The next morning after my epiphany I got the news that the two biggest antagonists in my CIT program were being sent home for transgressions on their day off. A bit of me was sad; I didn’t want people to be sent home. But a larger side of me said, “Wow…God must really want me to pass this thing.” And so I set out to do it.
I gave devotions to my fellow CITS and even spoke to the whole camp as part of a chapel we did. The last week I shadowed a chief and stayed in a cabin. No major issues arose. When I sat down with my CIT director for my final evaluation I was confident. I got the sense he was not enormously impressed with me but it didn’t matter. I told him I had done what was expected of me as well as if not better than any of my peers. I think the big change here was not anything tangible it was simply a slight mental shift on my part. People were never going to treat me awesome everywhere, but that was not my responsibility. I simply had to do my best no matter what at all times. People could take it or leave it.
I passed my CIT.
My LIT was 11 summers ago. Since then I have been a chief all or parts of 6 summers. This summer I am a unit director. I plan activities and games, chapels and cabin bibles and am directly responsible for half the chiefs and campers in camp each week. It is in a word, unbelievable. Camp is amazing and fun, difficult and heartbreaking all at the same time. Without a doubt though, I love it. It is not the most glamorous or high-paying job and I realize many people may look at me and wonder why I am still doing this at 26. But overall I have gotten a tremendous amount of joy out of working at camp and will continue here for as long as I can.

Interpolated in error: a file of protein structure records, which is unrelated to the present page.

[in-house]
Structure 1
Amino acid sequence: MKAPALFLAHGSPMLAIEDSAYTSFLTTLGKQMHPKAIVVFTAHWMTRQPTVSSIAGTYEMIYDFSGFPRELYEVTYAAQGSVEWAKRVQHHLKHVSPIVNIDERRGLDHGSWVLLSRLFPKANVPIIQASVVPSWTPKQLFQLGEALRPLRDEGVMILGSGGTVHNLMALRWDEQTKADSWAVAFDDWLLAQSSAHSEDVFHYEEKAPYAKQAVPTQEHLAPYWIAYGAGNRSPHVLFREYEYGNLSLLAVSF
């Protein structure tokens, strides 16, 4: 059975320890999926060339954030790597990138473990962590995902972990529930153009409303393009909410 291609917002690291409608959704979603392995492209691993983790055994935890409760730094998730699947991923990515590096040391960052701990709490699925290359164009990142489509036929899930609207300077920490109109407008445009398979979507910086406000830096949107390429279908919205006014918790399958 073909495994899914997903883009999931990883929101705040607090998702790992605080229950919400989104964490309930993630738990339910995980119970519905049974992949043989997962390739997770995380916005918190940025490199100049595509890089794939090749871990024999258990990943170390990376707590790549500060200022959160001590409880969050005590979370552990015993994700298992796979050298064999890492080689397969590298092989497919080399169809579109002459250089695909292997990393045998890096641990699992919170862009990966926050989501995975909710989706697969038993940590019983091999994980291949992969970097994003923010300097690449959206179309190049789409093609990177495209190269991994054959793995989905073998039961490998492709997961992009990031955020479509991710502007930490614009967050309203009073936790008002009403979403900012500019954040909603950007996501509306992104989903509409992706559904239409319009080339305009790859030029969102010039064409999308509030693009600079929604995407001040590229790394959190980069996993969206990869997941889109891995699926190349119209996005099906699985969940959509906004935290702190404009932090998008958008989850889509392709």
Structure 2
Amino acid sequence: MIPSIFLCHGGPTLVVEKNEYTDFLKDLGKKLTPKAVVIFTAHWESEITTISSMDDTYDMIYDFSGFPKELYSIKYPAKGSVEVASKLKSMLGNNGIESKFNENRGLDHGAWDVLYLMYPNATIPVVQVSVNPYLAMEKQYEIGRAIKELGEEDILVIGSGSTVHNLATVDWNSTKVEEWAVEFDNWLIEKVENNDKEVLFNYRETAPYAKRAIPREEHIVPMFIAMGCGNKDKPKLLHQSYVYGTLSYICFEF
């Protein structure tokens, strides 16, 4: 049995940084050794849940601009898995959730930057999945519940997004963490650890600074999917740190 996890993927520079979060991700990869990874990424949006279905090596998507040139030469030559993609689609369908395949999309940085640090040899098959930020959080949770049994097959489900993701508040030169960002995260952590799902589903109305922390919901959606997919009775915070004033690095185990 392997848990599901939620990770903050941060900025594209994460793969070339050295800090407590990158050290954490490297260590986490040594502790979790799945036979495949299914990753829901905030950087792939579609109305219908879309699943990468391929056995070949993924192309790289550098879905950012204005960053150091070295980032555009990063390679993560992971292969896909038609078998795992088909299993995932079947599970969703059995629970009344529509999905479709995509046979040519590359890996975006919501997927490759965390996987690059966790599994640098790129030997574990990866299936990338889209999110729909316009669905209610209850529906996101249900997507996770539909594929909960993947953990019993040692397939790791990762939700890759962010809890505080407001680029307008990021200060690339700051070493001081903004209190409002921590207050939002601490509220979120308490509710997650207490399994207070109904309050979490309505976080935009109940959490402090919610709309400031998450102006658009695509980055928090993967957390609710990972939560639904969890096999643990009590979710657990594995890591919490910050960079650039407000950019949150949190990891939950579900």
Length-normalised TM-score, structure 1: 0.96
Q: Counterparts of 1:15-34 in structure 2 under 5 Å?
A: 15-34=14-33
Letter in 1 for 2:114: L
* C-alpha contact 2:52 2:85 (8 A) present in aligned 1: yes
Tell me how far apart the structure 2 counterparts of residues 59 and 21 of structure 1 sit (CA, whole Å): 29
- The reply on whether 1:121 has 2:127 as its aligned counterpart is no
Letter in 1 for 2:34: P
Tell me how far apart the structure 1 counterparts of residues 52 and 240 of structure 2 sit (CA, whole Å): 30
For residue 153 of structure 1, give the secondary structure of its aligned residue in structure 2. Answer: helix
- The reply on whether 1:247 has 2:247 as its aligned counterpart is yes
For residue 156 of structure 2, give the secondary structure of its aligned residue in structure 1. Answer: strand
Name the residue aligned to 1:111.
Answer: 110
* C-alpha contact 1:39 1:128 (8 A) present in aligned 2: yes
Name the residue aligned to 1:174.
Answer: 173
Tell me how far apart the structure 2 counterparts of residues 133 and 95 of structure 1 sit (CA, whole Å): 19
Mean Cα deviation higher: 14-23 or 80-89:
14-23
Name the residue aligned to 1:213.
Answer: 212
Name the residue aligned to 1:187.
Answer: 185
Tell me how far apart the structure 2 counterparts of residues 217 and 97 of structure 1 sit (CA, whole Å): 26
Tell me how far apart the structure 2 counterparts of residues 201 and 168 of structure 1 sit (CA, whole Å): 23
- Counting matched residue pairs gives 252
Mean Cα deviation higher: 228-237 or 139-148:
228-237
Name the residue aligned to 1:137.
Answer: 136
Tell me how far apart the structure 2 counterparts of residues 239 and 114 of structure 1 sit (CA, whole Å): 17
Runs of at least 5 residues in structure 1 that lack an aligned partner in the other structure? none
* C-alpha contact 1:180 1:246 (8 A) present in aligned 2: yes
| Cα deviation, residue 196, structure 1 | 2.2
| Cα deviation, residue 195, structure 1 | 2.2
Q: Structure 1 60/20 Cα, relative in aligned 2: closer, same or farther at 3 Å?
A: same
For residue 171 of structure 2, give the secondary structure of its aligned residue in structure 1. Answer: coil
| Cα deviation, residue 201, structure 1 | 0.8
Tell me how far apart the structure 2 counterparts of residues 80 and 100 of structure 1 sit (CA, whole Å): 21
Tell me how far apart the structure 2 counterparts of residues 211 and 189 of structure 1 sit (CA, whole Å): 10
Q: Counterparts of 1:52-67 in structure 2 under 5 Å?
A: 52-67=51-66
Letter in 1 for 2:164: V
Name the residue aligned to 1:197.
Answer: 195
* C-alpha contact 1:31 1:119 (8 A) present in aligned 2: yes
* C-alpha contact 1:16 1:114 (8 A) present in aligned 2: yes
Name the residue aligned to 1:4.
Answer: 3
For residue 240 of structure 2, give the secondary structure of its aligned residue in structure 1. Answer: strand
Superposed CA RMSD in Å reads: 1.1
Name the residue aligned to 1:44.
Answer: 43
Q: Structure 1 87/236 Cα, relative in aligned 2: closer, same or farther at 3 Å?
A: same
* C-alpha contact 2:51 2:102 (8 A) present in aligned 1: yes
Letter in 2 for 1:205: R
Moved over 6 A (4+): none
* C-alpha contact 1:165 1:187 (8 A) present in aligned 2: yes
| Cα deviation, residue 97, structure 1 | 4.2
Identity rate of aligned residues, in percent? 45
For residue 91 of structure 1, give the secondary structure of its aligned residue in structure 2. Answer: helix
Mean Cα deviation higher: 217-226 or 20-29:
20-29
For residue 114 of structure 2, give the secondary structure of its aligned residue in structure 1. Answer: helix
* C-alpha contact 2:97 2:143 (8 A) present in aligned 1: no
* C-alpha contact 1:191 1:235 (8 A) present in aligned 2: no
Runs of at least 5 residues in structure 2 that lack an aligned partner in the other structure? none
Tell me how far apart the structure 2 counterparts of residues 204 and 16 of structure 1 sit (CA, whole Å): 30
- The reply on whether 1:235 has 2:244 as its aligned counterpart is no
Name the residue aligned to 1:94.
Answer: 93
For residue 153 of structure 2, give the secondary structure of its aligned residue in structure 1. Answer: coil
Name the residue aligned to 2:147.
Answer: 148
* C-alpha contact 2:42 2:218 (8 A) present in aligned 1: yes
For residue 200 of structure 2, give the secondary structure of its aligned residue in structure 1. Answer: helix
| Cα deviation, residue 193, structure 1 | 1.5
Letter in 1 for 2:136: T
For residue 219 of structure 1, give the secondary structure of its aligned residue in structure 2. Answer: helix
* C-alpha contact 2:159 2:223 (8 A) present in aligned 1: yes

My journey has not been short or simple. It has been marked by trials and missteps at every turn. But to close this long-winded episode of my life I’ll say this. God is there, however unnoticeably, working to turn you and me into the tools he desires to glorify him. And in that work, I wouldn’t have changed a thing.
And we know that in all things God works for the good of those who love him, who have been called according to his purpose.—Romans 8:28
I took the next summer off. I went on a summer missions trip with my church. I think some people attribute too much import to this experience in terms of my growth. Did it help me grow and mature? Certainly it did. Was it the magic bullet that led to what occurred the following summer? Not really. Life is complex and lots of factors work together to bring change and realization. I was in contact with the camp director during the winter. He said if I wanted to do the CIT program next summer I would be welcome to. I still remember that first day I got back to camp, walked into the dining hall and shaking the hand of my LIT director from two summers before. He was cordial and was glad to see me. I was happy to be back and determined to succeed with my second chance.
The CIT program involves serving camp in whatever way needed. In my summer it entailed washing the dishes at every meal and cleaning the shower house and bathrooms around camp daily. I still remember pushing my mop bucket up a small hill one morning a few days into the program and breaking down for a moment. This was becoming almost as difficult as LIT.
It got worse.
The CIT is a month long program and as the first couple weeks passed I realized (unbelievably and inexplicably) that I was failing in the same way I failed LIT. My relationships with most of my fellow CITs were awful and my behavior was suffering because of this. This is still a huge question mark for me. I have never been popular or well understood by the majority. But one of the best things about camp was that I got along with most people really well. I had friends, I talked to girls. It was a fantastic alternate universe to my life at home and school. But with LIT and CIT I just could not get along with most of my peers to save my life.